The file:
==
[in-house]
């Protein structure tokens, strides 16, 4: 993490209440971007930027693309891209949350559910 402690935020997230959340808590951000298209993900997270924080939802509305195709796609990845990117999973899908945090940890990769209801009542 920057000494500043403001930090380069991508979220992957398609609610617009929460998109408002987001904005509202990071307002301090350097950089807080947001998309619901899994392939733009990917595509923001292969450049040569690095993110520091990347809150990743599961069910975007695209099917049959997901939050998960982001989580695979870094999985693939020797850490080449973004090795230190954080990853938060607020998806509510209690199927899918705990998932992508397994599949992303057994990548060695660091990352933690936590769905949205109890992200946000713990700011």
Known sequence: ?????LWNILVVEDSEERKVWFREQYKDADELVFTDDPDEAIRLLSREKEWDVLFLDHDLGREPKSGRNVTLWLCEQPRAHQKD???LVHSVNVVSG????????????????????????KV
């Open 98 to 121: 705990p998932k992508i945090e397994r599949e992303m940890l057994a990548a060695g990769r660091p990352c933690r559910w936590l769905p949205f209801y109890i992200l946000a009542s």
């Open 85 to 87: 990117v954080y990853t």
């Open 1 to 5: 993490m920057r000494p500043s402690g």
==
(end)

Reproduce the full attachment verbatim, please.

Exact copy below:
[in-house]
């Protein structure tokens, strides 16, 4: 993490209440971007930027693309891209949350559910 402690935020997230959340808590951000298209993900997270924080939802509305195709796609990845990117999973899908945090940890990769209801009542 920057000494500043403001930090380069991508979220992957398609609610617009929460998109408002987001904005509202990071307002301090350097950089807080947001998309619901899994392939733009990917595509923001292969450049040569690095993110520091990347809150990743599961069910975007695209099917049959997901939050998960982001989580695979870094999985693939020797850490080449973004090795230190954080990853938060607020998806509510209690199927899918705990998932992508397994599949992303057994990548060695660091990352933690936590769905949205109890992200946000713990700011």
Known sequence: ?????LWNILVVEDSEERKVWFREQYKDADELVFTDDPDEAIRLLSREKEWDVLFLDHDLGREPKSGRNVTLWLCEQPRAHQKD???LVHSVNVVSG????????????????????????KV
């Open 98 to 121: 705990p998932k992508i945090e397994r599949e992303m940890l057994a990548a060695g990769r660091p990352c933690r559910w936590l769905p949205f209801y109890i992200l946000a009542s």
């Open 85 to 87: 990117v954080y990853t």
């Open 1 to 5: 993490m920057r000494p500043s402690g």